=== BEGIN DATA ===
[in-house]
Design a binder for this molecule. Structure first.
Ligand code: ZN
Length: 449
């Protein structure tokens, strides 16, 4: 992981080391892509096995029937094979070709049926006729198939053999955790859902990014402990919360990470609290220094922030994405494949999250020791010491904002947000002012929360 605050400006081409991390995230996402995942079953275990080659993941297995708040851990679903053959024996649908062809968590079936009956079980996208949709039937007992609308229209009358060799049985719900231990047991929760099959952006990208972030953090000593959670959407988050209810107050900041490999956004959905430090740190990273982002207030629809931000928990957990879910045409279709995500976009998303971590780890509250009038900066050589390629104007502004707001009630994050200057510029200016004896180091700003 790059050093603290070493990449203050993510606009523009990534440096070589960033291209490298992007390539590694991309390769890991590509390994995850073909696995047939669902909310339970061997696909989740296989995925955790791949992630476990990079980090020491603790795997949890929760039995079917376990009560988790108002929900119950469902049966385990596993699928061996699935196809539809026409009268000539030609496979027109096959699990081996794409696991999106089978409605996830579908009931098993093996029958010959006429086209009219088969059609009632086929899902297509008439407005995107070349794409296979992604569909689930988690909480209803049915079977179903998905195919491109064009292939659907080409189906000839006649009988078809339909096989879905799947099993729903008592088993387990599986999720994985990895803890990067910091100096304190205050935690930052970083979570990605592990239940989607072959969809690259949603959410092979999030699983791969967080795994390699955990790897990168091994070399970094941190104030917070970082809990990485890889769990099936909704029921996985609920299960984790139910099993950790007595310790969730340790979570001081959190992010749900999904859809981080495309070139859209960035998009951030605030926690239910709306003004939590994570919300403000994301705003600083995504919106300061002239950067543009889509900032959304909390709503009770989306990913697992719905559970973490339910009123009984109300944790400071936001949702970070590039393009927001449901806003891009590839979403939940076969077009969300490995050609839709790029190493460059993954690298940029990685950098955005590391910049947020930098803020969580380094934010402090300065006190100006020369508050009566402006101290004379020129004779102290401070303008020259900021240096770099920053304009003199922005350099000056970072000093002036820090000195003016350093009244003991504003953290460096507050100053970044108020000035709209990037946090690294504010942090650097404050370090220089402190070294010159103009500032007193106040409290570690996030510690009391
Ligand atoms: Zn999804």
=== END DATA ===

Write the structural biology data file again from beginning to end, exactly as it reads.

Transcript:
[in-house]
Design a binder for this molecule. Structure first.
Ligand code: ZN
Length: 449
């Protein structure tokens, strides 16, 4: 992981080391892509096995029937094979070709049926006729198939053999955790859902990014402990919360990470609290220094922030994405494949999250020791010491904002947000002012929360 605050400006081409991390995230996402995942079953275990080659993941297995708040851990679903053959024996649908062809968590079936009956079980996208949709039937007992609308229209009358060799049985719900231990047991929760099959952006990208972030953090000593959670959407988050209810107050900041490999956004959905430090740190990273982002207030629809931000928990957990879910045409279709995500976009998303971590780890509250009038900066050589390629104007502004707001009630994050200057510029200016004896180091700003 790059050093603290070493990449203050993510606009523009990534440096070589960033291209490298992007390539590694991309390769890991590509390994995850073909696995047939669902909310339970061997696909989740296989995925955790791949992630476990990079980090020491603790795997949890929760039995079917376990009560988790108002929900119950469902049966385990596993699928061996699935196809539809026409009268000539030609496979027109096959699990081996794409696991999106089978409605996830579908009931098993093996029958010959006429086209009219088969059609009632086929899902297509008439407005995107070349794409296979992604569909689930988690909480209803049915079977179903998905195919491109064009292939659907080409189906000839006649009988078809339909096989879905799947099993729903008592088993387990599986999720994985990895803890990067910091100096304190205050935690930052970083979570990605592990239940989607072959969809690259949603959410092979999030699983791969967080795994390699955990790897990168091994070399970094941190104030917070970082809990990485890889769990099936909704029921996985609920299960984790139910099993950790007595310790969730340790979570001081959190992010749900999904859809981080495309070139859209960035998009951030605030926690239910709306003004939590994570919300403000994301705003600083995504919106300061002239950067543009889509900032959304909390709503009770989306990913697992719905559970973490339910009123009984109300944790400071936001949702970070590039393009927001449901806003891009590839979403939940076969077009969300490995050609839709790029190493460059993954690298940029990685950098955005590391910049947020930098803020969580380094934010402090300065006190100006020369508050009566402006101290004379020129004779102290401070303008020259900021240096770099920053304009003199922005350099000056970072000093002036820090000195003016350093009244003991504003953290460096507050100053970044108020000035709209990037946090690294504010942090650097404050370090220089402190070294010159103009500032007193106040409290570690996030510690009391
Ligand atoms: Zn999804």